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Hauntology is a genre or loose category of music, art and philosophy that aims to evoke deep cultural memory, concerning itself with aesthetics of the past[1][2]. It developed in the 2000s primarily among British electronic musicians and typically draws on British cultural sources from the 1940s to the 1970s, including library music, film and TV soundtracks, psychedelia, and public information films, often through the use of sampling.


The term "hauntology" was first coined by French philosopher Jacques Derrida on his 1993 book The Spectre of Marx, describing how the titular political theorist and his revolutionary ideals keep influencing (or haunting) Western societies long after his death. In its most popular form, however, the concept of hauntology revolves around the artistic evocation and recollection of past cultural hallmarks and technology, such as old TV shows, tape recordings and analog media in general.

The modern study of hauntology as both an aesthetic and a subject of cultural theory began with the appearance of an underground British electronic music trend, often associated with the Ghost Box label and artists such as Burial and The Caretaker; while the former aroused the attention of notorious music journalists Mark Fisher and Simon Reynolds, the latter quickly rose to Internet fame during the later 2010's thanks to his experimental albums An Empty Bliss Beyond This World and Everywhere At the End Of Time, both of which exploring memory and dementia through sampling and editing of pre-WWII ballroom music.

In parallel, musicians such as Ariel Pink and James Ferraro took inspiration from 70's and 80's electronic music to kickstart genres such as lo-fi and hypnagogic pop, paving the way for the Vaporwave movement to arise in the 2010's.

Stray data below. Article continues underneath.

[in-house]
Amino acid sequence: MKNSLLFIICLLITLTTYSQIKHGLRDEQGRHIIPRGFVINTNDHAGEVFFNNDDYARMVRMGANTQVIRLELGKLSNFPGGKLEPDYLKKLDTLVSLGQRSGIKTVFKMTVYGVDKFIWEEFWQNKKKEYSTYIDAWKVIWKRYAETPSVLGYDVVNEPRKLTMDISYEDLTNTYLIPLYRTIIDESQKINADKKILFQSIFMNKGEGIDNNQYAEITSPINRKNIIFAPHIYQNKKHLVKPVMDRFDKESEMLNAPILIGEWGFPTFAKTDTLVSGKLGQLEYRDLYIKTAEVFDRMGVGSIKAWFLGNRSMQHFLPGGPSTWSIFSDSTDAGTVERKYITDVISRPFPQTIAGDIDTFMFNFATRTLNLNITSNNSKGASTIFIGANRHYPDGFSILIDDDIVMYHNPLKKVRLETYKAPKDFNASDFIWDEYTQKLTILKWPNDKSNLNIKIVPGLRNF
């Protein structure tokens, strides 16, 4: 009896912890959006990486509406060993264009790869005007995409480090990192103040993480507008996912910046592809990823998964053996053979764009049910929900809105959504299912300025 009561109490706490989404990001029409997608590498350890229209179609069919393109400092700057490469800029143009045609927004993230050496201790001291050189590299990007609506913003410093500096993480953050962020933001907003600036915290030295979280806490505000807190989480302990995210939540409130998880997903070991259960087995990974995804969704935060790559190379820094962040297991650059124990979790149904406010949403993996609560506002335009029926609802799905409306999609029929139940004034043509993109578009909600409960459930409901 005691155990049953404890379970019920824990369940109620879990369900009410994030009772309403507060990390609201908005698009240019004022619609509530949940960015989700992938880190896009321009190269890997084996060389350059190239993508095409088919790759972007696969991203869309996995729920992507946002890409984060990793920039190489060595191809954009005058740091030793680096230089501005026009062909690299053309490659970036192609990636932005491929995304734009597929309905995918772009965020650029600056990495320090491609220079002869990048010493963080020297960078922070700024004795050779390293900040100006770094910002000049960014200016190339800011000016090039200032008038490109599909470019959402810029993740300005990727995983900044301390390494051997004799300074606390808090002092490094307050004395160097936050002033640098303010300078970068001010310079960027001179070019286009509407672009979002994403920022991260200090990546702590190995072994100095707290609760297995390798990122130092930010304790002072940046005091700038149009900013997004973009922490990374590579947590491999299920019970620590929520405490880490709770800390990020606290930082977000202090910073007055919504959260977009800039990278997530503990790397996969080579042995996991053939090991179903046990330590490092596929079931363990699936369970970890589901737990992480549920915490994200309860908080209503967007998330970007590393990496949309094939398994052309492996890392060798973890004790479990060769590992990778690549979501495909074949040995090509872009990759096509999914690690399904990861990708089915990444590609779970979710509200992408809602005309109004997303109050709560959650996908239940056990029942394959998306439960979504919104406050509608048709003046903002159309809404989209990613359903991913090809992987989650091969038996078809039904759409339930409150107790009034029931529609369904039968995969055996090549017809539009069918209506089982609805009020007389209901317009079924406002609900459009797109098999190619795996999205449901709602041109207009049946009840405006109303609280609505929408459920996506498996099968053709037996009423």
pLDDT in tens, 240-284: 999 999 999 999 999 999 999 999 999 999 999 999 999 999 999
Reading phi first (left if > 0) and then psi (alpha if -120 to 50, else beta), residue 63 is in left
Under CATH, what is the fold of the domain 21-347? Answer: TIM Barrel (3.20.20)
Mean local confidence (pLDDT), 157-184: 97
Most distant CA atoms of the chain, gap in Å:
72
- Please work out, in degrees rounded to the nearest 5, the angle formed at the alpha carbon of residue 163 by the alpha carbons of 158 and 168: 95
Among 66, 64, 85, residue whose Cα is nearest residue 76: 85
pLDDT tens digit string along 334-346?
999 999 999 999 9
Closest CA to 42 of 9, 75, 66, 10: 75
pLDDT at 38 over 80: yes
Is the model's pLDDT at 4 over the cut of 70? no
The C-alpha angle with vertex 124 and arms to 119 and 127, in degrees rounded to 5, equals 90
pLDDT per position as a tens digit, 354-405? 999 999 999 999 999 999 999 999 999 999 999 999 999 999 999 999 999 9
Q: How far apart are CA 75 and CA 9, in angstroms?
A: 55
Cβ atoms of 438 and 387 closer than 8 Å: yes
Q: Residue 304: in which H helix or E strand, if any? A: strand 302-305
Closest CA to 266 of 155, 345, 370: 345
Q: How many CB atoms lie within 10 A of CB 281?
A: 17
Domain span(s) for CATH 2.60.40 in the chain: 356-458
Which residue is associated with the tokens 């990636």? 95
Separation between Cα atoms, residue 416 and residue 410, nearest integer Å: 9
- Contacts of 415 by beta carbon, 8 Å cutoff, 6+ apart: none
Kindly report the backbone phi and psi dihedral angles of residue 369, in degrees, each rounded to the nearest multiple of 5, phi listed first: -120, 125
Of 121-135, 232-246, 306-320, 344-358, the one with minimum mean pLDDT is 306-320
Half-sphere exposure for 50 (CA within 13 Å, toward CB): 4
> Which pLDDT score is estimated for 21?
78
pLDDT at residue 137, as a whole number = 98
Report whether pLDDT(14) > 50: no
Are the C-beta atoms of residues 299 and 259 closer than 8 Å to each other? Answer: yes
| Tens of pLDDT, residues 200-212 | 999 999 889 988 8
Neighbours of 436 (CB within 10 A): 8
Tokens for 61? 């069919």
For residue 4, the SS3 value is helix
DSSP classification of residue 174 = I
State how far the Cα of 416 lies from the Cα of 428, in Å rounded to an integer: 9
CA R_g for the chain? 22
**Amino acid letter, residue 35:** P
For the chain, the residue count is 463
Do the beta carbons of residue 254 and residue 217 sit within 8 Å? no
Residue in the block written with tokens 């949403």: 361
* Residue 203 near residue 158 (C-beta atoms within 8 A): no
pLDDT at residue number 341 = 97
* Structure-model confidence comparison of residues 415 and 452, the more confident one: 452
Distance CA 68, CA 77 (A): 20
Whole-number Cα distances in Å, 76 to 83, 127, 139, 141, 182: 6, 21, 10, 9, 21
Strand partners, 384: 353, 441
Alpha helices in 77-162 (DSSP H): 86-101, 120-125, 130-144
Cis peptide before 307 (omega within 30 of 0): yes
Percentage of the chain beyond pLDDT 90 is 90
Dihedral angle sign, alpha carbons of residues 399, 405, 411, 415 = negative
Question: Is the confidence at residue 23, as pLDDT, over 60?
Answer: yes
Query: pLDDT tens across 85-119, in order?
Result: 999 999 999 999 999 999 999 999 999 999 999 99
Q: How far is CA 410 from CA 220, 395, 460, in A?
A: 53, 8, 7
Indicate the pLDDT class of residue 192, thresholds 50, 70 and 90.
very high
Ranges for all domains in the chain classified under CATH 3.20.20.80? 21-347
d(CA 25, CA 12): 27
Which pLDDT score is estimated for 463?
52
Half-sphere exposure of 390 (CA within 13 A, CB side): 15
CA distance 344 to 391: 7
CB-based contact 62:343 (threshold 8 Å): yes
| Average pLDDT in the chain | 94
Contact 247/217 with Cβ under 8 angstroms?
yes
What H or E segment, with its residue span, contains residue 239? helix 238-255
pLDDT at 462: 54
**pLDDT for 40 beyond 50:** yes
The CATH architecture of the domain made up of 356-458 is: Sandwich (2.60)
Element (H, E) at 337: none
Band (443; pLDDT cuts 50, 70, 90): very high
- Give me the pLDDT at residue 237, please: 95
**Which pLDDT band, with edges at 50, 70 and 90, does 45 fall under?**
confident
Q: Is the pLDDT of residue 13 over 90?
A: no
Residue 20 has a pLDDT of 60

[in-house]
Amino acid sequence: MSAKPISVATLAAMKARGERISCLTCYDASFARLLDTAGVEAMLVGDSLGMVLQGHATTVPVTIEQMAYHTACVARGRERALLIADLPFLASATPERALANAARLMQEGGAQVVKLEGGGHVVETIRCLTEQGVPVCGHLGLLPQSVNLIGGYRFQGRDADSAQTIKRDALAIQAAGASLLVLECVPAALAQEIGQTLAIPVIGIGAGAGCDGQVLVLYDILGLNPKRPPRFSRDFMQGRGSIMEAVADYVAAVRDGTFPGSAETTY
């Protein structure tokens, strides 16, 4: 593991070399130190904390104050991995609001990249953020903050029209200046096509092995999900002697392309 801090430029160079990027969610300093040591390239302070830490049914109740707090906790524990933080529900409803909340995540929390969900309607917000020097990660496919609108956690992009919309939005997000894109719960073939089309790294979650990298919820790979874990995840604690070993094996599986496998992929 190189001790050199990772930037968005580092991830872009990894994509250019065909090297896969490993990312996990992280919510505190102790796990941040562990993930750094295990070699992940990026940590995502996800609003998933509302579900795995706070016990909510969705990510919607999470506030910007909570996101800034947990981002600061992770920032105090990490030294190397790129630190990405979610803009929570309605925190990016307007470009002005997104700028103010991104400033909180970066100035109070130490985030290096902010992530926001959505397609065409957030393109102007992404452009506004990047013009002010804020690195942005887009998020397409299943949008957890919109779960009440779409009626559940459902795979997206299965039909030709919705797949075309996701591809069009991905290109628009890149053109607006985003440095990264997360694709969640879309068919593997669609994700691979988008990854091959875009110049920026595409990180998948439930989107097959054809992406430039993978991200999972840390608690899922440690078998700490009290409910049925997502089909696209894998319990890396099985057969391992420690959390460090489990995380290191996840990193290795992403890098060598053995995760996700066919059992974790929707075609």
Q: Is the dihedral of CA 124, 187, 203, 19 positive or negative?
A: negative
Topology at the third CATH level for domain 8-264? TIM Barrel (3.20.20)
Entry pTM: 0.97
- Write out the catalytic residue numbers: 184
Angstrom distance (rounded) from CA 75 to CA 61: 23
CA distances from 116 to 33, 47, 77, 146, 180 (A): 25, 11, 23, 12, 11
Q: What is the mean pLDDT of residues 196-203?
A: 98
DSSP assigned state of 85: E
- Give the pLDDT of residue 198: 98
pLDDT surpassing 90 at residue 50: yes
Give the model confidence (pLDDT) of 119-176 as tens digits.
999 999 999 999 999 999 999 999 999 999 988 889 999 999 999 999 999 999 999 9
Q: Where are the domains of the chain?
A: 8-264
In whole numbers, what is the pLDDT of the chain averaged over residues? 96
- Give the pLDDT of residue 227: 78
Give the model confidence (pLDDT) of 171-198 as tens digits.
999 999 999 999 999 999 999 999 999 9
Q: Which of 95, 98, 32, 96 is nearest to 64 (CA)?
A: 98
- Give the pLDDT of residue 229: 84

Several elements of hauntology as a musical style were presaged by Scottish electronic duo Boards of Canada. Their music being heavily based on analog synthesizers, tapeloops and samples from old documentaries from the National Filmboard of Canada (hence their bandname).

While hauntology isn't bound to a specific time period, it is mostly used to define works based upon relatively recent cultural artifacts, usually only going as far back as the early 20th century. Further academic scrutiny of the hauntological phenomenon has also been undertaken by the above-mentioned theorists, seeing its popularity as symptomatic of a deep and generalized dissatisfaction with modernity's lack of visionarism - in this sense, past cultural forms evoke a lost[3] utopianism for futuristic, post-welfare societies that have since been superseded by neoliberalism's enforced idea of a "terminal time" from which no alternative economical or social systems seem possible or feasible.


Writer and designer Richard Littler published a blog about a fictional English town called Scarfolk. Parody public information leaflets, posters, adverts and children's books evoke the false memory of a dark alternate timeline of 1970's Britain. The recognisable format is subverted to include distressing or violent messages and imagery. The blog eventually led to two books published in 2014 and 2019. Littler considers his work part of Hauntology.

In 2018 the UK government mistakenly included a Scarfolk poster in an issue of their in-house magazine regarding the history of government communications. The poster read, "If you suspect your child has RABIES don't hesitate to SHOOT".


A list of external links to help get a better understanding of this aesthetic.



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